Louis Well holding a sign that says 'Tell Your MPP'. George Daskalakis holding a sign that says '#PharmacistsCare".
Monday, April 23, 2018

Waterloo Pharmacy students join letter writing campaign to advocate for pharmacy profession

Two Waterloo Pharmacy students are leading the charge to push government officials to let pharmacists do more for Ontario patients. George Daskalakis and Louis Wei are encouraging community members to participate in the Ontario Pharmacists Association’s Pharmacist’s Care letter-writing campaign.

“Pharmacists across Canada have received more prescribing rights and are able to provide more services,” says third year student Louis Wei.  “Pharmacists have medication therapy expertise that can play a significant role in current issues like the opioid crisis and the upcoming legalization of cannabis. We want government officials to recognize the increased role pharmacists can play in the health of Ontario patients.”

Louis Wei sending letters on a computer

The campaign provides email letters that members of the public can send to three politicians: their local Member of Provincial Parliament, the Minister of Health and Long Term Care, and the Premier of Ontario. The letters address four areas where pharmacists can play an increased role in patient health: pharmacist scope of practice, medicinal cannabis, vaccination, and the opioid crisis.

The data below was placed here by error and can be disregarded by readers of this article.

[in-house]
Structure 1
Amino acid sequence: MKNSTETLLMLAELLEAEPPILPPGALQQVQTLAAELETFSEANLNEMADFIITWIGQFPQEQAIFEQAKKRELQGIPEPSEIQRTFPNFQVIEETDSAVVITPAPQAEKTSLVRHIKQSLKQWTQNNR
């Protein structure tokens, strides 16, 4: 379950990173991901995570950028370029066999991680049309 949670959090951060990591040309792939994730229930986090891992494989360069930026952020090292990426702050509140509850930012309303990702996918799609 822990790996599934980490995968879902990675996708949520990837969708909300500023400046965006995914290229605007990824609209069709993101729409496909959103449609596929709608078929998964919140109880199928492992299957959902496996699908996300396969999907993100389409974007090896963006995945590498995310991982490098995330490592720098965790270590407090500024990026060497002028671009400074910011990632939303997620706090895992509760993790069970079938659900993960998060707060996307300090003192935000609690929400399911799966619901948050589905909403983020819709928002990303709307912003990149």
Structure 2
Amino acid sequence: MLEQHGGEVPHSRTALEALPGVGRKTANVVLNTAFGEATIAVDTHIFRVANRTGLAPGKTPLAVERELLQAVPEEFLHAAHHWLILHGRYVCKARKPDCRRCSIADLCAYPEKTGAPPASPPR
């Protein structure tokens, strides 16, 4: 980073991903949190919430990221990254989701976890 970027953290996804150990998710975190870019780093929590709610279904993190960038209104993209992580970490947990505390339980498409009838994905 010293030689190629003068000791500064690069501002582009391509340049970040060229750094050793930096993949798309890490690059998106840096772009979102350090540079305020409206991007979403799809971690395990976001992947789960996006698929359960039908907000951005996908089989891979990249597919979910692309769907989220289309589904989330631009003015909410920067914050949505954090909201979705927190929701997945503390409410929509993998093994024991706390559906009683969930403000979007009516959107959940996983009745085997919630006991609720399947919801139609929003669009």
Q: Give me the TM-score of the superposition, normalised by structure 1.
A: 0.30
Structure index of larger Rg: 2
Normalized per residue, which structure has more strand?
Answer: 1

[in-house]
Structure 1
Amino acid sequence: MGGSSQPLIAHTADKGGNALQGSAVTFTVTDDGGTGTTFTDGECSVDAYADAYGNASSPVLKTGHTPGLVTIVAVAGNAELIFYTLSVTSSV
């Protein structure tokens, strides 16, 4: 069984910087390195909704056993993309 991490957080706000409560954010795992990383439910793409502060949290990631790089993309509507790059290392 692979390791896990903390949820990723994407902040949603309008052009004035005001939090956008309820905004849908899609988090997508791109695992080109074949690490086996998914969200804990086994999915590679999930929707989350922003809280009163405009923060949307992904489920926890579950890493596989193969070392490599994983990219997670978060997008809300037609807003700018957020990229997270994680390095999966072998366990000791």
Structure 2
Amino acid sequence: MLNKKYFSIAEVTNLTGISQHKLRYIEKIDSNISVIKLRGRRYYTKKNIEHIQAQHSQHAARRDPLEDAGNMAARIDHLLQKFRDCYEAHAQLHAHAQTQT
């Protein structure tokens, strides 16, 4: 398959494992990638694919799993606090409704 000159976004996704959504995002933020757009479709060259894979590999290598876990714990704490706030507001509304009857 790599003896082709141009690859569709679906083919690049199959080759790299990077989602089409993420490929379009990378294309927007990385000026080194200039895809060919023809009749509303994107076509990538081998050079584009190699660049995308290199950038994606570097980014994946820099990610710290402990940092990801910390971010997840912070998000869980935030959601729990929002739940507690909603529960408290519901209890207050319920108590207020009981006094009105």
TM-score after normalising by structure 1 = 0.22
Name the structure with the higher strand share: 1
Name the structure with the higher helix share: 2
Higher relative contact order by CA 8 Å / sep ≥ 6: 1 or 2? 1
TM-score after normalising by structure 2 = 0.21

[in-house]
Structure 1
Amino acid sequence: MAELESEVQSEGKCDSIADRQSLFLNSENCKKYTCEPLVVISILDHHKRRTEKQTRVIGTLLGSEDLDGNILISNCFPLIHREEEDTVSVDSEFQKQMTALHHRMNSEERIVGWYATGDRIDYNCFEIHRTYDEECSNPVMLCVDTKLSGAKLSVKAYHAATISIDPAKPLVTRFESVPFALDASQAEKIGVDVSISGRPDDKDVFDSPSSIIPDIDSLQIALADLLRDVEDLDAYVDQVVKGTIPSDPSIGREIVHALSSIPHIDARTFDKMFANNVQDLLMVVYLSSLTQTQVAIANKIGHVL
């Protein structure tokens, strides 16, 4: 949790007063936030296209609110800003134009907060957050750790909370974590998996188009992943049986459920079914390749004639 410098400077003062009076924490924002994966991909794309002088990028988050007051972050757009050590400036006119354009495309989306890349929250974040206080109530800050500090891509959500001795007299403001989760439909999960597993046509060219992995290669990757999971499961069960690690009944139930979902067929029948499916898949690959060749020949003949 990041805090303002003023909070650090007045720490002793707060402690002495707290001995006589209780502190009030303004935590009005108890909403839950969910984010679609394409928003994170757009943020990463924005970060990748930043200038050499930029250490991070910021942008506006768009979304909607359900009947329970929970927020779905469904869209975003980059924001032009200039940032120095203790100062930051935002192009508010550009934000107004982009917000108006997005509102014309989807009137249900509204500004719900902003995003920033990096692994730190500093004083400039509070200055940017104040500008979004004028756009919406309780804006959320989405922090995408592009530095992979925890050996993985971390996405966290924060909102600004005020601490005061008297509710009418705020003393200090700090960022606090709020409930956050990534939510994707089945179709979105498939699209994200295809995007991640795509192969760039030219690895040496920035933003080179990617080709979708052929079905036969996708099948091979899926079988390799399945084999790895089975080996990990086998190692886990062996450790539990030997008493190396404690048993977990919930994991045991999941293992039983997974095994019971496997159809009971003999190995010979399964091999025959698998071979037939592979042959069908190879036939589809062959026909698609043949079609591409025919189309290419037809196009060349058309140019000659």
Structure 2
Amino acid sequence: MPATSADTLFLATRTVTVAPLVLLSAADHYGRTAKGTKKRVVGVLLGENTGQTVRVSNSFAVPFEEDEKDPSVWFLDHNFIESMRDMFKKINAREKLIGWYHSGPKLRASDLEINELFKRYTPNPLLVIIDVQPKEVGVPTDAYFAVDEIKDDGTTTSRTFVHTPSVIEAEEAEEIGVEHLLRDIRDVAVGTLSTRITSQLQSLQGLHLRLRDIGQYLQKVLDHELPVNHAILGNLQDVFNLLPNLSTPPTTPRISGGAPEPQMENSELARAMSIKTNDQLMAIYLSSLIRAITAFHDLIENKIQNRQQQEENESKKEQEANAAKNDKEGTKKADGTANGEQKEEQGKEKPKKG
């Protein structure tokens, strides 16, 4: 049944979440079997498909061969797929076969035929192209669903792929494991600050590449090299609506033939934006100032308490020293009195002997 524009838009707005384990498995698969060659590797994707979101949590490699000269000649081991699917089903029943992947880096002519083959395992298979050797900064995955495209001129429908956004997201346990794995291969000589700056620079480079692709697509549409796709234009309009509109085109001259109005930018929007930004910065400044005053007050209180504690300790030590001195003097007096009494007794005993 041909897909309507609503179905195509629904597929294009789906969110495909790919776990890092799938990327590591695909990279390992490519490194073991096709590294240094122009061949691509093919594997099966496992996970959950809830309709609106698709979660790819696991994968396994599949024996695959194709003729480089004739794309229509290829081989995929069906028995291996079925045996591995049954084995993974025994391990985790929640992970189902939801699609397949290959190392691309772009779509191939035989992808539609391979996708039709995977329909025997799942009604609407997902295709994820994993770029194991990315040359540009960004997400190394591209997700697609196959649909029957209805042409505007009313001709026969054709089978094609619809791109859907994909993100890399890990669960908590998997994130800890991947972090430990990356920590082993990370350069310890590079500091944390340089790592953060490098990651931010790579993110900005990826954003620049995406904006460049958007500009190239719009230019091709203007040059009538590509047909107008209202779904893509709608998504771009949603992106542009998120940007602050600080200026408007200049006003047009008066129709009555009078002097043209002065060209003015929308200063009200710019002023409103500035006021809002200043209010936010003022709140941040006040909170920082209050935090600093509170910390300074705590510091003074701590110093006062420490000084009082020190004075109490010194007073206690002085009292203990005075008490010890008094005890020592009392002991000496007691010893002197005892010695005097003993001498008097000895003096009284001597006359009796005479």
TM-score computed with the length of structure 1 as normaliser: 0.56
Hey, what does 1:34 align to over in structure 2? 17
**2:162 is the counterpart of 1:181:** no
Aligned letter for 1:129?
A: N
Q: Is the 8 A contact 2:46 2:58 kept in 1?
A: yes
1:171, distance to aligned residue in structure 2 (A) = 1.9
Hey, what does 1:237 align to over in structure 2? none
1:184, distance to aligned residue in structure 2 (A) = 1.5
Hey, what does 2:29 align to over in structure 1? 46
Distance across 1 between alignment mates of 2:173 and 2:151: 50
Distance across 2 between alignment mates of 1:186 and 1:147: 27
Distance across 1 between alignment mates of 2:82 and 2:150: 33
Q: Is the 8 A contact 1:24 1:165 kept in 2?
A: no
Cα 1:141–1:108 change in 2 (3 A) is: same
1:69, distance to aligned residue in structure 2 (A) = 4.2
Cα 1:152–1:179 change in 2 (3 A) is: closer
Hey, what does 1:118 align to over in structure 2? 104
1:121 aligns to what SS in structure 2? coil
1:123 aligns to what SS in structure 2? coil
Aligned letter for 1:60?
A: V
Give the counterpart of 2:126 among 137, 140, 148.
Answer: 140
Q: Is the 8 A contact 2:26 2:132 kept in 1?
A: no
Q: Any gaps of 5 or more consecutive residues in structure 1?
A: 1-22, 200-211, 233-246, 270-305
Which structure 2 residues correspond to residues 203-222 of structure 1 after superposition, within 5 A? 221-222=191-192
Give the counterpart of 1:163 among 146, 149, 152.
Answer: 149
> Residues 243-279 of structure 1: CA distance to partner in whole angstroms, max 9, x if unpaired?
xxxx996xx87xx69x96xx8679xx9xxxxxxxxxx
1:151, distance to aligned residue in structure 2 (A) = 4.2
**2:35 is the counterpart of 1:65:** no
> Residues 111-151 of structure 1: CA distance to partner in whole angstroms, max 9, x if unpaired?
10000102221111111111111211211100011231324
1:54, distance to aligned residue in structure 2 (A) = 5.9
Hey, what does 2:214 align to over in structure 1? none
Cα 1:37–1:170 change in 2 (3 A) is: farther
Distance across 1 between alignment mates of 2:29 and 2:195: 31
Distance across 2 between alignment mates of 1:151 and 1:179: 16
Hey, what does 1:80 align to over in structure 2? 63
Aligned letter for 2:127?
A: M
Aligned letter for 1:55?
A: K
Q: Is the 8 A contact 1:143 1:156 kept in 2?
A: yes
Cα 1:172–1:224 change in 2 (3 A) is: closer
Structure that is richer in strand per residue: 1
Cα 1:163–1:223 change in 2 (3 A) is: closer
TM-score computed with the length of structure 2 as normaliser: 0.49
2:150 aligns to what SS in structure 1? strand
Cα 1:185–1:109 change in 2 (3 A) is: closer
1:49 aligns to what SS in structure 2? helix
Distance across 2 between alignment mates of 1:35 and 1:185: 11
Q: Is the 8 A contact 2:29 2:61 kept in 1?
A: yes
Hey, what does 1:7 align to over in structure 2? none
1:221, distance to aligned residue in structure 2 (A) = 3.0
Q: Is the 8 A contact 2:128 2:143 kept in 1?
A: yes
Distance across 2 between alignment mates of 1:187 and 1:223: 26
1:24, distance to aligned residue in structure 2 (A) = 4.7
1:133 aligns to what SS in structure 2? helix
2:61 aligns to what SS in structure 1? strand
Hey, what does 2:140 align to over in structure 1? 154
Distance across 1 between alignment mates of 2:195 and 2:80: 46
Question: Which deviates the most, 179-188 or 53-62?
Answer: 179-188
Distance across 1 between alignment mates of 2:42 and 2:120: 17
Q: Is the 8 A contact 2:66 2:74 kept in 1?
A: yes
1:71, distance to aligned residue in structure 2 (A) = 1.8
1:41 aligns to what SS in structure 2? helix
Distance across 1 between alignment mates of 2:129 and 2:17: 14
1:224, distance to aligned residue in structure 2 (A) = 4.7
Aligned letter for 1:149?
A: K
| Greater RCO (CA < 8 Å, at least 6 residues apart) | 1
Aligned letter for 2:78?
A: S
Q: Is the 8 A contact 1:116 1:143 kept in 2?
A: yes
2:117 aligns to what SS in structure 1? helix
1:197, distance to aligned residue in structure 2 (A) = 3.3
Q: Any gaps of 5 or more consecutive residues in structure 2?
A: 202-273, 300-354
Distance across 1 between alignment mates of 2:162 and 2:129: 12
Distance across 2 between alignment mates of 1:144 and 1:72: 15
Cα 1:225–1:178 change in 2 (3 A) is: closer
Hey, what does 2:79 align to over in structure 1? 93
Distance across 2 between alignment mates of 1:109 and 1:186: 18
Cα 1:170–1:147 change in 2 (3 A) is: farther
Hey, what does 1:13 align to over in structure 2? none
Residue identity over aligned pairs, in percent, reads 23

Louis Wei sending letters

“With the upcoming provincial election, we want politicians to understand that we have the expertise, but require their assistance to have maximum impact,” says first year student George Daskalakis. “We’ve encouraged Waterloo students to send the letters and get their family members to send them too. We’ve connected with our counterparts at the University of Toronto’s Faculty of Pharmacy as well. The goal is to send at least 70,000 letters – twelve from every pharmacy student and from the three people that they tell about the campaign.”

The opioid crisis is of particular interest to Wei and Daskalakis. Ontario’s government has pledged $222 million dollars to tackle the issue of opioid overdose and death over the next three years.

“Pharmacists have the training and knowledge to help stop overdoses and deaths associated with opioid addiction and misuse, and we want to ensure that the government allocates a portion of this fund to allowing pharmacists to use their medication expertise to help do this,” says Wei.

George holding a sign saying 'Just sent my letters'

“We need as many people as possible to get involved and to help us advocate,” says Daskalakis. “By working together, we can ensure Ontario pharmacists are able to provide even better care for patients.”

George holding a sign saying 'Just sent my letters'